Skip to main content

Ross, Diana

Ross, Diana

March 26, 1944


Born in a low-income housing project in Detroit, Diana Ross developed an interest in music at an early age, when she sang with her parents in a church choir. In high school she studied dress design, illustration, and cosmetology, spending her free time singing on Detroit street corners with her friends Mary Wilson and Florence Ballard. Betty McGlowan was soon added to the group, and the quartet became known as the Primettes. They came to the attention of Motown Records founder Berry Gordy, who used them as background singers for Mary Wells, Marvin Gaye, and the Shirelles. The group was renamed the Supremes, and from the mid-1960s to 1970 they were one of the most popular groups in pop music, with a string of influential hits. In 1970, however, Ross, who had always sought to dominate what was nominally a balanced trio, left to pursue a solo career.

After leaving the Supremes, Ross's popularity continued ("Ain't No Mountain High Enough," 1970), and she also began a career as a film actress. She was nominated for an Academy Award for her performance as Billie Holiday in Lady Sings the Blues (1972), and starred in Mahagony (1975), which yielded the hit ballad "Do You Know Where You're Going To?" the next year. By the mid-1970s Ross was also considered a top disco diva, recording "Love Hangover" (1976) and "Upside Down" (1980). During this time she also had a starring role in the musical film The Wiz (1978).

Ross reached the top of the pop charts again in 1981 with "Endless Love," a duet with Lionel Ritchie. Since then she has recorded less frequently (Muscles, 1982; Eaten Alive, 1985; and Workin' Overtime, 1989; The Force Behind the Power, 1991; Every Day Is a New Day, 1999). Ross, who was married from 1971 to 1975 to Robert Silberstine, was remarried in 1985 to the Norwegian shipping tycoon and mountaineer Arne Naess. They have two sons and live in Norway and Connecticut.

Ross has had nineteen number-one recordings on the pop chartsthe most to date for a solo performerand continues to perform sporadically in concert and on television. In the 1990s she produced and appeared in the made-for-television movies Out of Darkness (1994) and Double Platinum (1999). In 2000 the Supremes attempted a reunion tour, but Mary Wilson declined to join and the tour, surrounded by controversy and with low ticket sales, was canceled.

See also Music in the United States; Supremes, The

Bibliography

Brown, Geoff. Diana Ross. New York: St. Martin's Press, 1983.

George, Nelson. Where Did Our Love Go? The Rise and Fall of the Motown Sound. New York: St. Martin's Press, 1985.

Hirshey, Gerry. Nowhere to Run: The Story of Soul Music. New York: Penguin, 1984.

Ross, Diana. Upside Down: Wrong Turns, Right Turns, and the Road Ahead. New York: Regan Books, 2005.

karen bennett harmon (1996)
Updated by publisher 2005

Cite this article
Pick a style below, and copy the text for your bibliography.

  • MLA
  • Chicago
  • APA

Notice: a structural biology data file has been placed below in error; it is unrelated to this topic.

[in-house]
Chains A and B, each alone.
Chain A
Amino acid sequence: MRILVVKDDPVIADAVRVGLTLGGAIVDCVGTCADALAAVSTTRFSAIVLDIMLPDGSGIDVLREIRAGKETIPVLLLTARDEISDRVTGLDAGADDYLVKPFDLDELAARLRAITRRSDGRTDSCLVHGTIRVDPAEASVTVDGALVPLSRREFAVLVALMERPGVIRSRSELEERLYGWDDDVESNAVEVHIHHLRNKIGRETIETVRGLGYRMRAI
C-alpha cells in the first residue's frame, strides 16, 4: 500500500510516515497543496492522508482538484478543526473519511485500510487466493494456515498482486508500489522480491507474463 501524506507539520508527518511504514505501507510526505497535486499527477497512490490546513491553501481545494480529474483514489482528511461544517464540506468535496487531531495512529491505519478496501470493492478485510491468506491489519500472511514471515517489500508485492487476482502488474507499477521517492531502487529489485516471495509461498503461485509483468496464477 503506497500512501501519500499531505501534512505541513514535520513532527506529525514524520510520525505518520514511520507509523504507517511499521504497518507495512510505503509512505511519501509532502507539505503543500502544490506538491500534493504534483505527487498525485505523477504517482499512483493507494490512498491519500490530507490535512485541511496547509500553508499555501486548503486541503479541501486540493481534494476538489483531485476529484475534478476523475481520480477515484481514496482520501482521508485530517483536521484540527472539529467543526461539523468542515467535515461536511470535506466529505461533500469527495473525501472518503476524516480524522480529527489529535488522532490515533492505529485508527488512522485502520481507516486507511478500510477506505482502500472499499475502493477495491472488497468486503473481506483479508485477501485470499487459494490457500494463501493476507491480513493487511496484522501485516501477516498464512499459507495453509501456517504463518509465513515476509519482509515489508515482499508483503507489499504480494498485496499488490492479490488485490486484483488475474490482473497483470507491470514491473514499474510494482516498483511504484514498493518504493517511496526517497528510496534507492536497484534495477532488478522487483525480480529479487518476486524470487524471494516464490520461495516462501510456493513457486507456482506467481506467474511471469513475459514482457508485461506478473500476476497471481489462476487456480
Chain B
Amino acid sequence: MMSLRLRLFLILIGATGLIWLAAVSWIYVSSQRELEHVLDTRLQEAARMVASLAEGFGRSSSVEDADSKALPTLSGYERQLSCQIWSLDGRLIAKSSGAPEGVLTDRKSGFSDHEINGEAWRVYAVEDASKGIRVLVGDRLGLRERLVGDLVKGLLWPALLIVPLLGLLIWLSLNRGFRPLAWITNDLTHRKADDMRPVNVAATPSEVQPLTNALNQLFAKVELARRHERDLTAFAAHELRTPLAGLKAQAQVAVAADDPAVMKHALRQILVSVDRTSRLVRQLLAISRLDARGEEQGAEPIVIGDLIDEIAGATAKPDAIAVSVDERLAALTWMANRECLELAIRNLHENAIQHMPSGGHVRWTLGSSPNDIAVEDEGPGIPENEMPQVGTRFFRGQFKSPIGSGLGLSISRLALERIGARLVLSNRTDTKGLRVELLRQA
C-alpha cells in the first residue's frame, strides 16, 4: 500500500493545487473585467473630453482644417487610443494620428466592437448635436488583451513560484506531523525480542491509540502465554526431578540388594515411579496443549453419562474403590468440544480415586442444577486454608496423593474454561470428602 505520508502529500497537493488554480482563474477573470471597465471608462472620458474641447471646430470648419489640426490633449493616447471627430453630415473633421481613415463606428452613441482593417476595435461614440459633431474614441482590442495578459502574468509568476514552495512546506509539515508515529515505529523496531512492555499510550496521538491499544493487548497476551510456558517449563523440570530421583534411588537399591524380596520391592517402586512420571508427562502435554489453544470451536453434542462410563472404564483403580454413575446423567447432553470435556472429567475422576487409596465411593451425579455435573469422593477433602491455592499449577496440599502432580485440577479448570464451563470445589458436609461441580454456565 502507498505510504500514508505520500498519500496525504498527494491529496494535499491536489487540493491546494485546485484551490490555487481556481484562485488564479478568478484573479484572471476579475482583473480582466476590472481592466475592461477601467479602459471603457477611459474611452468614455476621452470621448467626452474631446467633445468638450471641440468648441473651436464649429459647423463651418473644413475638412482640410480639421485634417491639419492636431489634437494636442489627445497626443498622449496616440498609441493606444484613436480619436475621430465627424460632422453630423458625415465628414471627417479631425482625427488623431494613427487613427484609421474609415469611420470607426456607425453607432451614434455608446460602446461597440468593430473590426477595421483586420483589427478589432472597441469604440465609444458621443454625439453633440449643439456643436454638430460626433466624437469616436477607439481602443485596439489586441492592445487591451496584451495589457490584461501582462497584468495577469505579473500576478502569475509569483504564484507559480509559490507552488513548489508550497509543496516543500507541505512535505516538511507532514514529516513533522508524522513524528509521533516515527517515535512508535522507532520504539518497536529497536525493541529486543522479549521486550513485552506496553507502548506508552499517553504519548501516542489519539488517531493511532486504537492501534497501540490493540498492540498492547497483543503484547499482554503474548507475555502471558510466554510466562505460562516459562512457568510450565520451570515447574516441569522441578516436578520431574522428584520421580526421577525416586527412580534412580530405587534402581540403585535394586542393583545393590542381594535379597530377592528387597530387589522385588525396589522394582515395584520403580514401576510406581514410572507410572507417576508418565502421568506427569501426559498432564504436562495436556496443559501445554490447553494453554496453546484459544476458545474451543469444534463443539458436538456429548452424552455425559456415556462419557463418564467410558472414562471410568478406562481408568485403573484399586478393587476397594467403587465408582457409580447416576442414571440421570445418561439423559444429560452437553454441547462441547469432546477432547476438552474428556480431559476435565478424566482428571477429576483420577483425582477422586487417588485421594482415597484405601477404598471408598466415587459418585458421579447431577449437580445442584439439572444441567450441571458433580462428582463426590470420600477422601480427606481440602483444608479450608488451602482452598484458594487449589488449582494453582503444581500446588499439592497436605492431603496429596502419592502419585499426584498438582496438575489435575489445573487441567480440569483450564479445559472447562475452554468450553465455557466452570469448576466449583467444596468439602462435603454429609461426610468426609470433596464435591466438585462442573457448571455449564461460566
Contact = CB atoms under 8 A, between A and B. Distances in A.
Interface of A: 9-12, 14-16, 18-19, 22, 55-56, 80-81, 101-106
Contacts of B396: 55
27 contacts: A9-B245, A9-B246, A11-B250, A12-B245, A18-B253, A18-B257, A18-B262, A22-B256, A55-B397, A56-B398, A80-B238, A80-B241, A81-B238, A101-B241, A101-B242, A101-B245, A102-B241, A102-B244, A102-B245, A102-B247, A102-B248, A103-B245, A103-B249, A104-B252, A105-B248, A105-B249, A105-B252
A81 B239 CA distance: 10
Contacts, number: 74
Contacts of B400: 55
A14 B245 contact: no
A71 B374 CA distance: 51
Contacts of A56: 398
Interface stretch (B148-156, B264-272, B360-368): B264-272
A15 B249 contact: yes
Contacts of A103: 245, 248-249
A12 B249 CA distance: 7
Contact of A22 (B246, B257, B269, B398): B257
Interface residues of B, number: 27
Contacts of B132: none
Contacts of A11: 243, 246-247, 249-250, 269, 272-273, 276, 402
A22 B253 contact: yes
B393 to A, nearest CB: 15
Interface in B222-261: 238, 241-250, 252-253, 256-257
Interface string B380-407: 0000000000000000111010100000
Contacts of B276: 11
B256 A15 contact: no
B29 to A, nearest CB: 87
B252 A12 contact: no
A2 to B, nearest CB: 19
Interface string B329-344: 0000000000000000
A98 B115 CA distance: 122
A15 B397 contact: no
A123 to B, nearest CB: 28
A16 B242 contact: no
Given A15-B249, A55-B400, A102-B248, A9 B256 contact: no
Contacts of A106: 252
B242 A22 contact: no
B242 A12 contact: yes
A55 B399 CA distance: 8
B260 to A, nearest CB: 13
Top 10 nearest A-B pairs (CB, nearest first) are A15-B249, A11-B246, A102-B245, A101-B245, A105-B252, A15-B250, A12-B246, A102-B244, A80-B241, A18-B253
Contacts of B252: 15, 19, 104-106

"Ross, Diana." Encyclopedia of African-American Culture and History. . Encyclopedia.com. 15 Aug. 2018 <http://www.encyclopedia.com>.

"Ross, Diana." Encyclopedia of African-American Culture and History. . Encyclopedia.com. (August 15, 2018). http://www.encyclopedia.com/history/encyclopedias-almanacs-transcripts-and-maps/ross-diana

"Ross, Diana." Encyclopedia of African-American Culture and History. . Retrieved August 15, 2018 from Encyclopedia.com: http://www.encyclopedia.com/history/encyclopedias-almanacs-transcripts-and-maps/ross-diana

Learn more about citation styles

Citation styles

Encyclopedia.com gives you the ability to cite reference entries and articles according to common styles from the Modern Language Association (MLA), The Chicago Manual of Style, and the American Psychological Association (APA).

Within the “Cite this article” tool, pick a style to see how all available information looks when formatted according to that style. Then, copy and paste the text into your bibliography or works cited list.

Because each style has its own formatting nuances that evolve over time and not all information is available for every reference entry or article, Encyclopedia.com cannot guarantee each citation it generates. Therefore, it’s best to use Encyclopedia.com citations as a starting point before checking the style against your school or publication’s requirements and the most-recent information available at these sites:

Modern Language Association

http://www.mla.org/style

The Chicago Manual of Style

http://www.chicagomanualofstyle.org/tools_citationguide.html

American Psychological Association

http://apastyle.apa.org/

Notes:
  • Most online reference entries and articles do not have page numbers. Therefore, that information is unavailable for most Encyclopedia.com content. However, the date of retrieval is often important. Refer to each style’s convention regarding the best way to format page numbers and retrieval dates.
  • In addition to the MLA, Chicago, and APA styles, your school, university, publication, or institution may have its own requirements for citations. Therefore, be sure to refer to those guidelines when editing your bibliography or works cited list.